The following is purely personal opinion. I would say a (substantial) majority of non-academic optimization problems do not involve any of the methods you listed, for a number of reasons.
- "Better is the enemy of good enough." Using fixed, plausible values for parameters and ignoring uncertainty often produce answers that are good enough for management, so why get any more complicated?
- For large scale problems, any additional complexity could be a back-breaker, so why risk it?
- Stochastic optimization requires distributional assumptions/estimates that may not be easy to come by.
- Many OR/MS/IE students get a basic education in LP, graph models, dynamic programming and hopefully MIP, and maybe something a little funkier (optimal control theory?), but do not get much if any classroom exposure to stochastic optimization and especially to robust optimization (which is relatively new). Now shift from "exposure" to "mastery" (a nonincreasing transformation), get them jobs, and you end up with people solving problems who may or may not be aware of those things but in any case are definitely not comfortable with them.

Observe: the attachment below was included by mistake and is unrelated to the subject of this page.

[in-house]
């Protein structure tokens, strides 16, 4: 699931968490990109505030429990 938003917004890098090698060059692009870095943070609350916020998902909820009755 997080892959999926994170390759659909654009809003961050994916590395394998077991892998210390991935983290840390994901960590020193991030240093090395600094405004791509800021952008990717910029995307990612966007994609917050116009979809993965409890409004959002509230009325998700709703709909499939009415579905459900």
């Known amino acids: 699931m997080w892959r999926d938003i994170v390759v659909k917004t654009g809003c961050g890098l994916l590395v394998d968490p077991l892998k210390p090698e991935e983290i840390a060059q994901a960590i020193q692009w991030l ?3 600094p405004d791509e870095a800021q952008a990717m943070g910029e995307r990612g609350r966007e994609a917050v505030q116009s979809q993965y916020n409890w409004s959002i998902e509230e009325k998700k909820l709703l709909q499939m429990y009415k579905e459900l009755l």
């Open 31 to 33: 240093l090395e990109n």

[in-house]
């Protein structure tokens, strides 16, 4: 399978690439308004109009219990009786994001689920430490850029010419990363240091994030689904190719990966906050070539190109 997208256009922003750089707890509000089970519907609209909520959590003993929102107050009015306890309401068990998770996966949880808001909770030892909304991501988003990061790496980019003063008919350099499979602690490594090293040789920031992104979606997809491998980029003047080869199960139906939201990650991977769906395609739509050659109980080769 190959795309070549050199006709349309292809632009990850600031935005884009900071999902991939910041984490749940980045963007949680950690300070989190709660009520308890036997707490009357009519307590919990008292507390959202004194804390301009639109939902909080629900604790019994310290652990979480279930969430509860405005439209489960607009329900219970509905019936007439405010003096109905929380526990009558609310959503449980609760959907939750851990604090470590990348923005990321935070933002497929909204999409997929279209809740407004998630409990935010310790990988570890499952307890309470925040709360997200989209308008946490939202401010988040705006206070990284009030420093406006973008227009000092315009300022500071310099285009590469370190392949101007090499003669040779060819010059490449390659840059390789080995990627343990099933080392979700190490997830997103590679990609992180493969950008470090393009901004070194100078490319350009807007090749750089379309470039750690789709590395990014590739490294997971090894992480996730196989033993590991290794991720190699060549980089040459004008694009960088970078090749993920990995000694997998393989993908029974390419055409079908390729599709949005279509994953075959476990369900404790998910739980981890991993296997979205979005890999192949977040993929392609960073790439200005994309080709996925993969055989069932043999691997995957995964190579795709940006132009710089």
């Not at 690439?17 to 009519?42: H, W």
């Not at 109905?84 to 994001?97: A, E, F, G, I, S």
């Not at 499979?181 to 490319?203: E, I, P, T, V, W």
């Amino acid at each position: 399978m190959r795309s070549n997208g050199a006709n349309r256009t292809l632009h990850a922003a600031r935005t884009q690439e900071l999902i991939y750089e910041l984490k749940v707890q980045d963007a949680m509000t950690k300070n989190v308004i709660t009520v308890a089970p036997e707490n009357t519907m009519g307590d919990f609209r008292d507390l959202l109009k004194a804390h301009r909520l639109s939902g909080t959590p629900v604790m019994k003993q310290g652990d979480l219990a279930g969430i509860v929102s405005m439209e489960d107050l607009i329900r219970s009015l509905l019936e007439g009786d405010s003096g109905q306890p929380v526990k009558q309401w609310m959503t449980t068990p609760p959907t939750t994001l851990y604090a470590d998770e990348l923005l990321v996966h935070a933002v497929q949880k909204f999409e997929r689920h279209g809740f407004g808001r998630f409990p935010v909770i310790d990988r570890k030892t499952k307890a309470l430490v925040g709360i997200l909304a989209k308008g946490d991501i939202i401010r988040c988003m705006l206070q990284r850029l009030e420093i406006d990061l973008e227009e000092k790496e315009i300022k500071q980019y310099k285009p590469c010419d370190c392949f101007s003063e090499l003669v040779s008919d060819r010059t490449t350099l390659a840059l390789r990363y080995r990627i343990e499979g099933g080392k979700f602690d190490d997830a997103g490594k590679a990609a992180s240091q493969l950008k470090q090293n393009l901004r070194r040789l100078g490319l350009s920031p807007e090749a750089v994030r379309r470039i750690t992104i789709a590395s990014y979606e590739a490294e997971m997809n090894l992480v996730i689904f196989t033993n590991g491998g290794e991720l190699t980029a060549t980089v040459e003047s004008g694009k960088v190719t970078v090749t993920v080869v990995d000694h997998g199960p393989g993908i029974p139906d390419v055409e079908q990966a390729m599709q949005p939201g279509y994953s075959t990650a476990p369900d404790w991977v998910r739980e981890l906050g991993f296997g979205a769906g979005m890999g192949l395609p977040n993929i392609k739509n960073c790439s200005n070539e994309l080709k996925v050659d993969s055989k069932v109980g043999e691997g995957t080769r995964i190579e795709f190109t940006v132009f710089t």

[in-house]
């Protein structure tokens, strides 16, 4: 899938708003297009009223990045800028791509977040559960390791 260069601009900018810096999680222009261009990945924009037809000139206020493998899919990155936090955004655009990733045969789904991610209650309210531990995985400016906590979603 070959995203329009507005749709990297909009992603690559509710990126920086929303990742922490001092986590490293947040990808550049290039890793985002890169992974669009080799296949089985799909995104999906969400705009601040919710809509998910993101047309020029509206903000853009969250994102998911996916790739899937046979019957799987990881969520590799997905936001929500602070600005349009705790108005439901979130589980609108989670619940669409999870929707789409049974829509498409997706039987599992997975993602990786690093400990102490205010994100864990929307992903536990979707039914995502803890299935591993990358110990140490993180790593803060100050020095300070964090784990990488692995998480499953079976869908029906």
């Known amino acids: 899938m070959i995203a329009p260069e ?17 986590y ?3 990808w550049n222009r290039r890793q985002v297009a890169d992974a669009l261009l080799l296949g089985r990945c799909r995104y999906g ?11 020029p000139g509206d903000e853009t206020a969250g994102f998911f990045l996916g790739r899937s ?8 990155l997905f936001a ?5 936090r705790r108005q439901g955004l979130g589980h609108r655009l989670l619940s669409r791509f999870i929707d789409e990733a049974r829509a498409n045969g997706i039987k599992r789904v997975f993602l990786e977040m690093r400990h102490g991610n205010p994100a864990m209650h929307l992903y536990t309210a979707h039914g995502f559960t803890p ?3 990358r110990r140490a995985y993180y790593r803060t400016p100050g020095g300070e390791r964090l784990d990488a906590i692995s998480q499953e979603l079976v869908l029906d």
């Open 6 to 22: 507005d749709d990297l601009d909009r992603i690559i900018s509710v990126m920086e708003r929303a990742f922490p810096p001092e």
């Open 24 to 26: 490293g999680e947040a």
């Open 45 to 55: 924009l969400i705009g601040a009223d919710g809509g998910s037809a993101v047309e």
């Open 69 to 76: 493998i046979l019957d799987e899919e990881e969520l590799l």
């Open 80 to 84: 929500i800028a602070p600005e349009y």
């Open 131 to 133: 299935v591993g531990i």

Since a lynch mob is forming outside my study, let me add that there is merit to each of the concepts you listed, and I'm not arguing against their use (except where it would turn a difficult to solve approximate model into an impossible to solve but more exact model). Somewhere down the road, as they become more mainstream academic topics, their use will likely increase.